diversity

I am an AIESEC alumna. I am a change agent.

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Diwali dinner with AIESEC Delhi University

If you follow my blog probably you have seen the word AIESEC popping up many times and may wonder what it is. Thus, I’m gonna spend this whole blog post just talking about AIESEC and how it has changed my life, or to be more exact, how it has changed my vision of life just like how it has altered young generations’ viewpoints during the past 60 years!

To formally introduce, AIESEC is the largest international student organization that presents in over 2,100 universities across 110 countries and territories all over the world, with over 60,000 members and hundreds thousands of former members that we call “alumni”. AIESEC provides its members with leadership experiences at a very young age, global exchange opportunities and incredible learning networks through so many national and international annual conferences.

However, to informally introduce, AIESEC simply is a great family where young people learn to take responsibilities, tolerate differences while broadening their knowledge about the world and striving to make positive impacts on their societies. Yes, thanks to AIESEC, kids grow up, fools grow wise and locals go global. Read the rest of this entry »

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The English Accent

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After watching the musical “My Fair Lady” last Saturday, I feel like writing something about the English accent 🙂

Yeah, English is originally the language of Britain so probably only British people are supposed to be native speakers. No offence or sarcasm(!) That was just what I referred from a hilarious statement by Professor Higgins in My Fair Lady: “In America they haven’t spoken (English) for years”.

That quote reminds me of the time when I tried to establish my own English accent.

When I was at my 1st and 2nd year at university, I was not satisfied with my Vietnamese English teachers; therefore, I decided to “invest” in some English centers to have the chance to talk to native speakers. Thanks God (or not) I have the ability of a parrot that allows me to imitate quite correctly the accents of my teachers. And I happened to have so many American teachers, I followed their accent and felt very comfortable. During that time people could recognize the American accent very clearly when I spoke English.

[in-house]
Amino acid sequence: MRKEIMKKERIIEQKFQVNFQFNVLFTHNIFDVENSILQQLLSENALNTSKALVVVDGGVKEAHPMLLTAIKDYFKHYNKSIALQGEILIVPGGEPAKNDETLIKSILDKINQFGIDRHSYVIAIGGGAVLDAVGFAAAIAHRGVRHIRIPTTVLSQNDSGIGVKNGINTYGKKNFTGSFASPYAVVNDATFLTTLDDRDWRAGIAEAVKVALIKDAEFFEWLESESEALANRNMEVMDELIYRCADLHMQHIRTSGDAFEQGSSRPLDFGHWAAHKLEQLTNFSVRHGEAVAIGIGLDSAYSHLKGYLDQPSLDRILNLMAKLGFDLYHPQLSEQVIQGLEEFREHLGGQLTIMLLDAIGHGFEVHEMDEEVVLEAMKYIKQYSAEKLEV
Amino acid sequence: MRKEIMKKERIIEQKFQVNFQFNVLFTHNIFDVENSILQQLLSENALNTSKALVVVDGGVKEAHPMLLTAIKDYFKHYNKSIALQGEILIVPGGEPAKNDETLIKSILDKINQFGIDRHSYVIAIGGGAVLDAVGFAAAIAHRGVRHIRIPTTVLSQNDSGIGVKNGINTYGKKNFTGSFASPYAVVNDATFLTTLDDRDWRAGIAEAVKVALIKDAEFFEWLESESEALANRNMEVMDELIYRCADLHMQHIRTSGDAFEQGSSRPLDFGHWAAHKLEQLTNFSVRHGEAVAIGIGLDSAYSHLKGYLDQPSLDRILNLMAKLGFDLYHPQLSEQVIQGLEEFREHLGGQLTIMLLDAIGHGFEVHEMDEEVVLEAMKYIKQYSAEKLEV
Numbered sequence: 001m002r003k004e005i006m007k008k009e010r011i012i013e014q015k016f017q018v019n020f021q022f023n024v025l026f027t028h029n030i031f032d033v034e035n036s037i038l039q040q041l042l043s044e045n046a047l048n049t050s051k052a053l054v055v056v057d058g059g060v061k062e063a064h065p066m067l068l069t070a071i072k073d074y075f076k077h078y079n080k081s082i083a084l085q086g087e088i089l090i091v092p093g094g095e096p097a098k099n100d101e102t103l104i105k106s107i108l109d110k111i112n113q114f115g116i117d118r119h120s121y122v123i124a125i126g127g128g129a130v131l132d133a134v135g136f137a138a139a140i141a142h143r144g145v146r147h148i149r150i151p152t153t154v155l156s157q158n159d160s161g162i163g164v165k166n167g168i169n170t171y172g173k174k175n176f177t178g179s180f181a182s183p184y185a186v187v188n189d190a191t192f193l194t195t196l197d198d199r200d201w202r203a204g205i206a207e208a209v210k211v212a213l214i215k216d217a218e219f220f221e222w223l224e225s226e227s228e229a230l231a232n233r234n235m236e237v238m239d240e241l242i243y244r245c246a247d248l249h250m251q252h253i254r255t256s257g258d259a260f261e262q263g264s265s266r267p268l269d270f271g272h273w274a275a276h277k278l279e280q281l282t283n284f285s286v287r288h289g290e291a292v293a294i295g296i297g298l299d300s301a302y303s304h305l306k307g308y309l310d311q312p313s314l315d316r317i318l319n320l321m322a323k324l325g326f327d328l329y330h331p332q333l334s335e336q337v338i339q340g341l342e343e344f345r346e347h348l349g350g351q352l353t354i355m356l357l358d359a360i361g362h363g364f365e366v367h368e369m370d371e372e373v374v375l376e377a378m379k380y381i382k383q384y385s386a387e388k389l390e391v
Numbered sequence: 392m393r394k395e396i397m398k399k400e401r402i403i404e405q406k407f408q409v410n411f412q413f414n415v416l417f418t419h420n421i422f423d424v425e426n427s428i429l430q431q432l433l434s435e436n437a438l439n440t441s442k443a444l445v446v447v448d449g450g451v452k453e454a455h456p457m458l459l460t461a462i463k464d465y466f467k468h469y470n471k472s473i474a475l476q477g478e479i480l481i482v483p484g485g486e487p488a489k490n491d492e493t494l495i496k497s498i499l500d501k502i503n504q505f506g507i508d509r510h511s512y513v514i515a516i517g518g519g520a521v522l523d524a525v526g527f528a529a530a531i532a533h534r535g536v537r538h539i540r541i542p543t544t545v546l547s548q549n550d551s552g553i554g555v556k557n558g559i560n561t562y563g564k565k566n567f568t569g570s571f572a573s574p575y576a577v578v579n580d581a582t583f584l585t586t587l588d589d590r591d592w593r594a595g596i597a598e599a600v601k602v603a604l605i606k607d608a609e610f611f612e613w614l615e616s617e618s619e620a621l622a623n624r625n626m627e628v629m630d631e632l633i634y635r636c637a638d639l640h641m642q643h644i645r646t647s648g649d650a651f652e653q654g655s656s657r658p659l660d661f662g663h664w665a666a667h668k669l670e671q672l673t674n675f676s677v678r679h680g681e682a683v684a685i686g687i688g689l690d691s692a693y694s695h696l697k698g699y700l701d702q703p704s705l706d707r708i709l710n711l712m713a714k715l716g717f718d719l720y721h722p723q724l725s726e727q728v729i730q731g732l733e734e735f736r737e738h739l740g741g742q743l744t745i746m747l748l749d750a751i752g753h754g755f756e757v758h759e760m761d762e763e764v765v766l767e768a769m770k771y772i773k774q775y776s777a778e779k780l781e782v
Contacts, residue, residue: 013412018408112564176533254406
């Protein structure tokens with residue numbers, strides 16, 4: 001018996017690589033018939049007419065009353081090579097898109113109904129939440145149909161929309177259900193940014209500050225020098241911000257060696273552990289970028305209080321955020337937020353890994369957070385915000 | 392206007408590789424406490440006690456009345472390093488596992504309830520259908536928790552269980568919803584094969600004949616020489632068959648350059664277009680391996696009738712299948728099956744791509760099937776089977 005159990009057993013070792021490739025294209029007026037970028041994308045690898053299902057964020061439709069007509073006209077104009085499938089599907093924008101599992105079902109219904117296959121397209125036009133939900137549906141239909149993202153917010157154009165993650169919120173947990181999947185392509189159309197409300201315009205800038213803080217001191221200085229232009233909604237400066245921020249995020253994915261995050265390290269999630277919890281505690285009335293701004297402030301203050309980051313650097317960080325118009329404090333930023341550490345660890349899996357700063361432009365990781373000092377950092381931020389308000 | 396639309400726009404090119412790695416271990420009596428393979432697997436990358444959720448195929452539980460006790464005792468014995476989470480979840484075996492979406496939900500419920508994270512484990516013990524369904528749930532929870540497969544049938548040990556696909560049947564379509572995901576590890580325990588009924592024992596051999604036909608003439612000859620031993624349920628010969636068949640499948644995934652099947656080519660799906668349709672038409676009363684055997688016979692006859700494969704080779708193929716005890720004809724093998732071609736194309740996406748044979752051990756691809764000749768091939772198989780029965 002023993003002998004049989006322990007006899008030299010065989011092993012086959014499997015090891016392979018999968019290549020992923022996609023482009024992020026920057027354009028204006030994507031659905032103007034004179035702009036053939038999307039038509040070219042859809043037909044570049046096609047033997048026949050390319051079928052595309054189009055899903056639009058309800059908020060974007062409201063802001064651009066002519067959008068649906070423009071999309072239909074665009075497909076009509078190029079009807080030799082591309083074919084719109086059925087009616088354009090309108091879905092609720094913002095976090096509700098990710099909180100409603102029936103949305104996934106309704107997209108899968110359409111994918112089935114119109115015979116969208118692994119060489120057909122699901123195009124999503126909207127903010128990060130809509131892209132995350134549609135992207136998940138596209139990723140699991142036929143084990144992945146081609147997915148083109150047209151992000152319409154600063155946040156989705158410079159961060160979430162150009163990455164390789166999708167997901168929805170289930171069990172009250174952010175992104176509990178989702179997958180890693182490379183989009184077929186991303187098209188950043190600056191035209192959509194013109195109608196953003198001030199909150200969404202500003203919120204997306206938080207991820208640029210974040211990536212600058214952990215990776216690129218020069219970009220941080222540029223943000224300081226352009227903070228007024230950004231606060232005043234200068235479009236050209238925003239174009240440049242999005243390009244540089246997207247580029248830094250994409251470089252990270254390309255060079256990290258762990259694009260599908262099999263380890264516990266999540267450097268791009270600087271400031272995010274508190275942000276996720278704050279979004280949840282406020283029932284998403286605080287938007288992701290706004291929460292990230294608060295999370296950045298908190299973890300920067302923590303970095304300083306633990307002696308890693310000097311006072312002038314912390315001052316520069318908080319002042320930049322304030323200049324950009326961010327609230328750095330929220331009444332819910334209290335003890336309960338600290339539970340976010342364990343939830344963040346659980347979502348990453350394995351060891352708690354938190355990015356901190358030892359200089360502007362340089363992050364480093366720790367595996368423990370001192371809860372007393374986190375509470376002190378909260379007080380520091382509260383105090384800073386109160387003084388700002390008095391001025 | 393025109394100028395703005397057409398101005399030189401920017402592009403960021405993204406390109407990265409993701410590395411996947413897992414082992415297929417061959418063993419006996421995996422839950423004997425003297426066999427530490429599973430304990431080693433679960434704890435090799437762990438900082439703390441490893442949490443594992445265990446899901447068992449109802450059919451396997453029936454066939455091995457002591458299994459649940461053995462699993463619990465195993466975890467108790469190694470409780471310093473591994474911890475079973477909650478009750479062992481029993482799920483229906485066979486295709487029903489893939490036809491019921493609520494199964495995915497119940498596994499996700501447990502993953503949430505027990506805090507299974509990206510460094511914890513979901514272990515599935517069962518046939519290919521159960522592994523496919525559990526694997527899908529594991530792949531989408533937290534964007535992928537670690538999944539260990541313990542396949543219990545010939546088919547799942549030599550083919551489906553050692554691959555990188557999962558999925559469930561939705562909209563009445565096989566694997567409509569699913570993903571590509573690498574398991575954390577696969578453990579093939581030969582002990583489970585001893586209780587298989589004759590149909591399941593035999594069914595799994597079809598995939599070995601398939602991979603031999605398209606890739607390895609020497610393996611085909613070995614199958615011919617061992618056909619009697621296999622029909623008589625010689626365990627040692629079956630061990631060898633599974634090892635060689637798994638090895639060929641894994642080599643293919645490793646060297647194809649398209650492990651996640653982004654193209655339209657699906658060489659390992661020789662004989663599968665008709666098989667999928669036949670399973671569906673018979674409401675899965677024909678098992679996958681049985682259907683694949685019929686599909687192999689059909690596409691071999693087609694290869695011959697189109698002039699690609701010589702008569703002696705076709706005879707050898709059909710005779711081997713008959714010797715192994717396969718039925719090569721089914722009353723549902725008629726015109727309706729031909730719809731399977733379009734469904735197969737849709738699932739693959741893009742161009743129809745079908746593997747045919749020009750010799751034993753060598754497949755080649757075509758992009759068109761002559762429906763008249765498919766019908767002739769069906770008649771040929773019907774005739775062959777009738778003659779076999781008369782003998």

But then one day..

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Some fun conversations with the people I met in India

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Below are some fun conversations I collected during the time in India living among people from so many cultural backgrounds. Well, just for fun, totally random!

1. In Delhi: me talking to a Japanese guy:

– Japanese guy: I don’t like food here. Too spicy.
– Vietnamese girl: Oh, really?! I’m used to spicy food now. I love chicken curry!
– Japanese guy: Oh so you need to go to Japan to eat chicken curry! Indian food in Japan is much better than here!

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Travel in India, Part 1: Jaipur – the Pink City

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A group with 8 people from 6 different countries
A group of 8 people from 6 different countries

Let me open this blog series about my travel in India with one affirmation: I desperately love traveling in India! Despite all the bad luck confronting me during those 3.5 months I enjoyed traveling here to the limit! (you can read about my bad luck in the previous post)

In this blog post, I’m gonna show Jaipur, capital of Rajasthan, also known as “the Pink City”. This was my first trip outside of Delhi, I went there with a group of 8 people from 6 countries. This was quite a funny fact since wherever we went to people kept asking us the same question “why are you from so many countries traveling together?”.. “Well, it all starts with AIESEC..” (loooooong explanation!)

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